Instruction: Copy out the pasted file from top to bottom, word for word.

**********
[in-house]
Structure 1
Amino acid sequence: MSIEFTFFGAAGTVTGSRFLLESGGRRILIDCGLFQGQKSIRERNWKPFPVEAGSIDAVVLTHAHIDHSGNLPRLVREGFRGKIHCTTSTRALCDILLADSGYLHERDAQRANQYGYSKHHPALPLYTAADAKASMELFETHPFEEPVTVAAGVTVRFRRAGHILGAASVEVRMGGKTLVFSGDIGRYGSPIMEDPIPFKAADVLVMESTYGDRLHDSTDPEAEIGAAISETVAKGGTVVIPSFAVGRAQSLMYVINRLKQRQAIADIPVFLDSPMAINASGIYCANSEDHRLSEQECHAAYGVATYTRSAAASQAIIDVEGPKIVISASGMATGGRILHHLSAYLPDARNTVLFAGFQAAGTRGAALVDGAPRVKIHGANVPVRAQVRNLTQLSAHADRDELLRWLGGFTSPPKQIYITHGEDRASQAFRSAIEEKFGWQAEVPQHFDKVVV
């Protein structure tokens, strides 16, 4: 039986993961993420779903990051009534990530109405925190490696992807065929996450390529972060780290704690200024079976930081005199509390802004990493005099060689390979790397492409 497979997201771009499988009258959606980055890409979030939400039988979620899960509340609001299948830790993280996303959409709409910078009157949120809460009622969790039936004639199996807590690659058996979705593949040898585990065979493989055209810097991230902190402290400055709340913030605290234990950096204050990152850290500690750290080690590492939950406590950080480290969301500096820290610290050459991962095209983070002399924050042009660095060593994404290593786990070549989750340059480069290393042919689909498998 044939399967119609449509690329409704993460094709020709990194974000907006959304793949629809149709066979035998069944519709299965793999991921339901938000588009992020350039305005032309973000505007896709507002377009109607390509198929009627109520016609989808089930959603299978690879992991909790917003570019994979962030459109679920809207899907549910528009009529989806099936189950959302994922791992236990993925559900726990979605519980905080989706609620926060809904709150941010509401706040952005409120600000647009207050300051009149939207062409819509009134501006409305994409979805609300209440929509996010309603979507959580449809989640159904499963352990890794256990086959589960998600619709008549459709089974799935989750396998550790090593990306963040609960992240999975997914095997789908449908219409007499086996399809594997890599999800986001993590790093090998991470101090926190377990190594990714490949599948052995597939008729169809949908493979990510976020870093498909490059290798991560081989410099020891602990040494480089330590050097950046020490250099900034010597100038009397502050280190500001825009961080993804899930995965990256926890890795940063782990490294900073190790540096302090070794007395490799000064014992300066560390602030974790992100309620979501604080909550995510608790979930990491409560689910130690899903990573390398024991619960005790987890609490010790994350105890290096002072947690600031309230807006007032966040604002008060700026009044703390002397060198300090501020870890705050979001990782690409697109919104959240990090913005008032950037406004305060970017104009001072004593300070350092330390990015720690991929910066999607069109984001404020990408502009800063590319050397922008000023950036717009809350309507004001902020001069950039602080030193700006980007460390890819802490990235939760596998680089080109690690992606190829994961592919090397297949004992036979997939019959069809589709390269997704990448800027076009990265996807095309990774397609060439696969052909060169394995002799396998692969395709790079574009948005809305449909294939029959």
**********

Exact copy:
[in-house]
Structure 1
Amino acid sequence: MSIEFTFFGAAGTVTGSRFLLESGGRRILIDCGLFQGQKSIRERNWKPFPVEAGSIDAVVLTHAHIDHSGNLPRLVREGFRGKIHCTTSTRALCDILLADSGYLHERDAQRANQYGYSKHHPALPLYTAADAKASMELFETHPFEEPVTVAAGVTVRFRRAGHILGAASVEVRMGGKTLVFSGDIGRYGSPIMEDPIPFKAADVLVMESTYGDRLHDSTDPEAEIGAAISETVAKGGTVVIPSFAVGRAQSLMYVINRLKQRQAIADIPVFLDSPMAINASGIYCANSEDHRLSEQECHAAYGVATYTRSAAASQAIIDVEGPKIVISASGMATGGRILHHLSAYLPDARNTVLFAGFQAAGTRGAALVDGAPRVKIHGANVPVRAQVRNLTQLSAHADRDELLRWLGGFTSPPKQIYITHGEDRASQAFRSAIEEKFGWQAEVPQHFDKVVV
């Protein structure tokens, strides 16, 4: 039986993961993420779903990051009534990530109405925190490696992807065929996450390529972060780290704690200024079976930081005199509390802004990493005099060689390979790397492409 497979997201771009499988009258959606980055890409979030939400039988979620899960509340609001299948830790993280996303959409709409910078009157949120809460009622969790039936004639199996807590690659058996979705593949040898585990065979493989055209810097991230902190402290400055709340913030605290234990950096204050990152850290500690750290080690590492939950406590950080480290969301500096820290610290050459991962095209983070002399924050042009660095060593994404290593786990070549989750340059480069290393042919689909498998 044939399967119609449509690329409704993460094709020709990194974000907006959304793949629809149709066979035998069944519709299965793999991921339901938000588009992020350039305005032309973000505007896709507002377009109607390509198929009627109520016609989808089930959603299978690879992991909790917003570019994979962030459109679920809207899907549910528009009529989806099936189950959302994922791992236990993925559900726990979605519980905080989706609620926060809904709150941010509401706040952005409120600000647009207050300051009149939207062409819509009134501006409305994409979805609300209440929509996010309603979507959580449809989640159904499963352990890794256990086959589960998600619709008549459709089974799935989750396998550790090593990306963040609960992240999975997914095997789908449908219409007499086996399809594997890599999800986001993590790093090998991470101090926190377990190594990714490949599948052995597939008729169809949908493979990510976020870093498909490059290798991560081989410099020891602990040494480089330590050097950046020490250099900034010597100038009397502050280190500001825009961080993804899930995965990256926890890795940063782990490294900073190790540096302090070794007395490799000064014992300066560390602030974790992100309620979501604080909550995510608790979930990491409560689910130690899903990573390398024991619960005790987890609490010790994350105890290096002072947690600031309230807006007032966040604002008060700026009044703390002397060198300090501020870890705050979001990782690409697109919104959240990090913005008032950037406004305060970017104009001072004593300070350092330390990015720690991929910066999607069109984001404020990408502009800063590319050397922008000023950036717009809350309507004001902020001069950039602080030193700006980007460390890819802490990235939760596998680089080109690690992606190829994961592919090397297949004992036979997939019959069809589709390269997704990448800027076009990265996807095309990774397609060439696969052909060169394995002799396998692969395709790079574009948005809305449909294939029959």